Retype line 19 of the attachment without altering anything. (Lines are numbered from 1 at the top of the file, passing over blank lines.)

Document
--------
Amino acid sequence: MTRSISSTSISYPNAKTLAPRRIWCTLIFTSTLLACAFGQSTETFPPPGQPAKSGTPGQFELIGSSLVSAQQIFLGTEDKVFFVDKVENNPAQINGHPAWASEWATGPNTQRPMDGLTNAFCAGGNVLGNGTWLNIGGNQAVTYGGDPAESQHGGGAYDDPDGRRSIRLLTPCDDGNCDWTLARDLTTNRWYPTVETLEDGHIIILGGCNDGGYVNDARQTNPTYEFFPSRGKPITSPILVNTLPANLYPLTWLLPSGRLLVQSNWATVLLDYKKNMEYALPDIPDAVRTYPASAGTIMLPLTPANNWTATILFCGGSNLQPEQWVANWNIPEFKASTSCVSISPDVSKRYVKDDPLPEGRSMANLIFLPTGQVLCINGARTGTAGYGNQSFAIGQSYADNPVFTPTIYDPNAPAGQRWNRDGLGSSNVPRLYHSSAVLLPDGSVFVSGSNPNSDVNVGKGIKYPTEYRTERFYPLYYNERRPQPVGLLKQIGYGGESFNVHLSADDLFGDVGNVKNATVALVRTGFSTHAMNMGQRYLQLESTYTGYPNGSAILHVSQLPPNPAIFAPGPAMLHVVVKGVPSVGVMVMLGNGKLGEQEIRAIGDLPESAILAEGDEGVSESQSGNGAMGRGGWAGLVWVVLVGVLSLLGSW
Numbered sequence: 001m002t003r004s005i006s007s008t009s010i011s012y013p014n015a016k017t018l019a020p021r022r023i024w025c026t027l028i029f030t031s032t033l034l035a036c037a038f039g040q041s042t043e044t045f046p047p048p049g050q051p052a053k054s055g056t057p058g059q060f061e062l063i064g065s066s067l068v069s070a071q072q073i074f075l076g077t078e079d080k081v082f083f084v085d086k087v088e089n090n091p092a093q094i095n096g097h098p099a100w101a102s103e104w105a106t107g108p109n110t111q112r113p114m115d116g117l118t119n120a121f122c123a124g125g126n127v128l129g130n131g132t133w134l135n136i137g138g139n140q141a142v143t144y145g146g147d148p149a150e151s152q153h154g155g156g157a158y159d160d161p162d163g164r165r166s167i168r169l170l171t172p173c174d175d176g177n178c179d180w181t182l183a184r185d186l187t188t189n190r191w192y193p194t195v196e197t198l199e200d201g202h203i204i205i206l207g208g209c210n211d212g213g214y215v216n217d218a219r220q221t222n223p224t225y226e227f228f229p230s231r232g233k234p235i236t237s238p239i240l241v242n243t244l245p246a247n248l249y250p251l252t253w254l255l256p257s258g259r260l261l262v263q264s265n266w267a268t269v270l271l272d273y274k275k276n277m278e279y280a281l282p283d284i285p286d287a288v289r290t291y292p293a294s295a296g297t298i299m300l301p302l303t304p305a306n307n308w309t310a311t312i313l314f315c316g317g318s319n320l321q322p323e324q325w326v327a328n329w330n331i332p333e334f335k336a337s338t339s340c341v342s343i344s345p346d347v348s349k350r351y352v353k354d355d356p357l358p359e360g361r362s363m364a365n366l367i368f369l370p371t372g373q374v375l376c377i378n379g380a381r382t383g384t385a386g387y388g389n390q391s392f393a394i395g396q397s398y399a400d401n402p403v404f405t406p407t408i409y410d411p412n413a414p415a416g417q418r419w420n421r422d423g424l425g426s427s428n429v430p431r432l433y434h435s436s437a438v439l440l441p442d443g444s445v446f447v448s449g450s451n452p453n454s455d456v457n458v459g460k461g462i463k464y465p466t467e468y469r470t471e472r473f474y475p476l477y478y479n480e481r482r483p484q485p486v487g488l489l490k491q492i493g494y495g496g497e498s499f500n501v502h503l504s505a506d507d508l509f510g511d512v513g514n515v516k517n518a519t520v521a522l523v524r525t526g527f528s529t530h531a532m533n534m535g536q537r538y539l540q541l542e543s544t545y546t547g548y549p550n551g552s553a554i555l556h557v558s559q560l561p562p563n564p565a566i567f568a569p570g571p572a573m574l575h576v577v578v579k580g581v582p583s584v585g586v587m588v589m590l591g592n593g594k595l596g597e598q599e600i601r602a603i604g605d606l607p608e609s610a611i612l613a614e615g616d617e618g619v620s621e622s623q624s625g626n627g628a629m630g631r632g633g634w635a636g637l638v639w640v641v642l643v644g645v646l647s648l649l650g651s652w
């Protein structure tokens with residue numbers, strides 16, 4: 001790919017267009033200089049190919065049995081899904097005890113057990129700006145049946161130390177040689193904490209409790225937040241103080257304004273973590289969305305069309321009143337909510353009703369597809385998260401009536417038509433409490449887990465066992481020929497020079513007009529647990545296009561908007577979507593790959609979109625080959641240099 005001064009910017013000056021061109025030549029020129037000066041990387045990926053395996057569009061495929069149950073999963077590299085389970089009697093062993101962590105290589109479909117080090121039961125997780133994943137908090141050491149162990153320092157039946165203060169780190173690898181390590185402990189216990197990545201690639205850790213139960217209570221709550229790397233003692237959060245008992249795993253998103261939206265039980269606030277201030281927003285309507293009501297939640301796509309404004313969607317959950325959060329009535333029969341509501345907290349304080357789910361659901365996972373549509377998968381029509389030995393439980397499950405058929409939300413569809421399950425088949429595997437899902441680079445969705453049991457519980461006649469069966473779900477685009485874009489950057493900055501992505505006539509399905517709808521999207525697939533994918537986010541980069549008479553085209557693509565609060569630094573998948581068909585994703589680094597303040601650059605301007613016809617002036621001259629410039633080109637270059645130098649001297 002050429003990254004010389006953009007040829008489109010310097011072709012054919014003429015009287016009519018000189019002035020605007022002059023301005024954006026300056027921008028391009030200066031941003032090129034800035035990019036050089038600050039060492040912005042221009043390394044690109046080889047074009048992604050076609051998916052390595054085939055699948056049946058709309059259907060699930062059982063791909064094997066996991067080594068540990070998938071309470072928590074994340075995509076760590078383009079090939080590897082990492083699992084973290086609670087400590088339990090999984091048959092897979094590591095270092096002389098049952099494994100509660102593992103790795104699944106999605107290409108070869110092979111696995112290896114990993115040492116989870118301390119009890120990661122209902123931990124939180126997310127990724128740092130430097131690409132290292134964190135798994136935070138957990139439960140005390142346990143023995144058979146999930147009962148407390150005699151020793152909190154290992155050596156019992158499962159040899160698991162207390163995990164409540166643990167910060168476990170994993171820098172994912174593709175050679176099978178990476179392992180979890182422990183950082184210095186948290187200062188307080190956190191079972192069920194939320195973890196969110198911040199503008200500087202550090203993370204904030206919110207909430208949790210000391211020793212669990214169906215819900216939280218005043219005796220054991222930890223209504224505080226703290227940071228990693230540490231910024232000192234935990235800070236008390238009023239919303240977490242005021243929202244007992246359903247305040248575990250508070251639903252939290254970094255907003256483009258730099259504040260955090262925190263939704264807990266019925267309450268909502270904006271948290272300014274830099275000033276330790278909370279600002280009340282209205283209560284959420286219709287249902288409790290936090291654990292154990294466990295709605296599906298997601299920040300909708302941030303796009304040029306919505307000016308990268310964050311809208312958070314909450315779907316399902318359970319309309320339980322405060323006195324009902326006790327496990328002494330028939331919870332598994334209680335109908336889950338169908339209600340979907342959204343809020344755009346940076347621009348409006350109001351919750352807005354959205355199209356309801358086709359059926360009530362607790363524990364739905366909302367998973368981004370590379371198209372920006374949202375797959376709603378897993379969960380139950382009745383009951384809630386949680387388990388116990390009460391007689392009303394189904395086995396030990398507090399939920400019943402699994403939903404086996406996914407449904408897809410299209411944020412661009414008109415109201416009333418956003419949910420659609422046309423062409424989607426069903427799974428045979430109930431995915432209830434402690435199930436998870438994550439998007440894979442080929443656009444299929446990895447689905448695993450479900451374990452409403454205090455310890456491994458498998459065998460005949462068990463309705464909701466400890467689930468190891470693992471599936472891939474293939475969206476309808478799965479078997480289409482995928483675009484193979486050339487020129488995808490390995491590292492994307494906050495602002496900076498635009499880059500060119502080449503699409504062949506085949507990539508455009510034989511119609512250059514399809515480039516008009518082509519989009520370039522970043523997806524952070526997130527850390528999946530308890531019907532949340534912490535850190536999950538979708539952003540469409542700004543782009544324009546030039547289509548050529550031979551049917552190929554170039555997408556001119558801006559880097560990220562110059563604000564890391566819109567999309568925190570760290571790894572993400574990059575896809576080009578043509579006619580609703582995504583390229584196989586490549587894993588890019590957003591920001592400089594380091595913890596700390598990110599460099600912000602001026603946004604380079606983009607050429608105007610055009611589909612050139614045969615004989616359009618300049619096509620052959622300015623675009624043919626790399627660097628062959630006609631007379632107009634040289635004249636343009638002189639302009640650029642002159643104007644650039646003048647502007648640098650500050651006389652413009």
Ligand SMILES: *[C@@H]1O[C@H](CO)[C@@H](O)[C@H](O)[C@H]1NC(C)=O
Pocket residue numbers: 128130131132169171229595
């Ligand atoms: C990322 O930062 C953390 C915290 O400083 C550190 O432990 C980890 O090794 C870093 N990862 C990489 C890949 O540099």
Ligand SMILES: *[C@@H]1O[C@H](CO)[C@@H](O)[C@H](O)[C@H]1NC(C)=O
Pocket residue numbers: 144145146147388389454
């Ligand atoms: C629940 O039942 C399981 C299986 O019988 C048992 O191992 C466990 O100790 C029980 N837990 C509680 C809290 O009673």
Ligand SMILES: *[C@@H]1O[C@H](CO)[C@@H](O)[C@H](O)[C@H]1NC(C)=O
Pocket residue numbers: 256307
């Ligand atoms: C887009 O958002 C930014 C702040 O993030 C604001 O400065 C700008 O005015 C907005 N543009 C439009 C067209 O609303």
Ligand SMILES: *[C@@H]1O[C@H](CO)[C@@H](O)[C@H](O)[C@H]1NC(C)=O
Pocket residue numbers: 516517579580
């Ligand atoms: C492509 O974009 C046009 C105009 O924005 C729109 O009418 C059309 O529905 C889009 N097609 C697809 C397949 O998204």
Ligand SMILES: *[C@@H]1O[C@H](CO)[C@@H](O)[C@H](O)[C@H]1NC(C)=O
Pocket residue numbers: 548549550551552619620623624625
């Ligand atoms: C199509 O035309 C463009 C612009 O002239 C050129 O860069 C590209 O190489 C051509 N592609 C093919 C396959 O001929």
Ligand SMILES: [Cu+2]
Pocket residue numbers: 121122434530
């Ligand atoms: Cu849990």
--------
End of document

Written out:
Ligand SMILES: [Cu+2]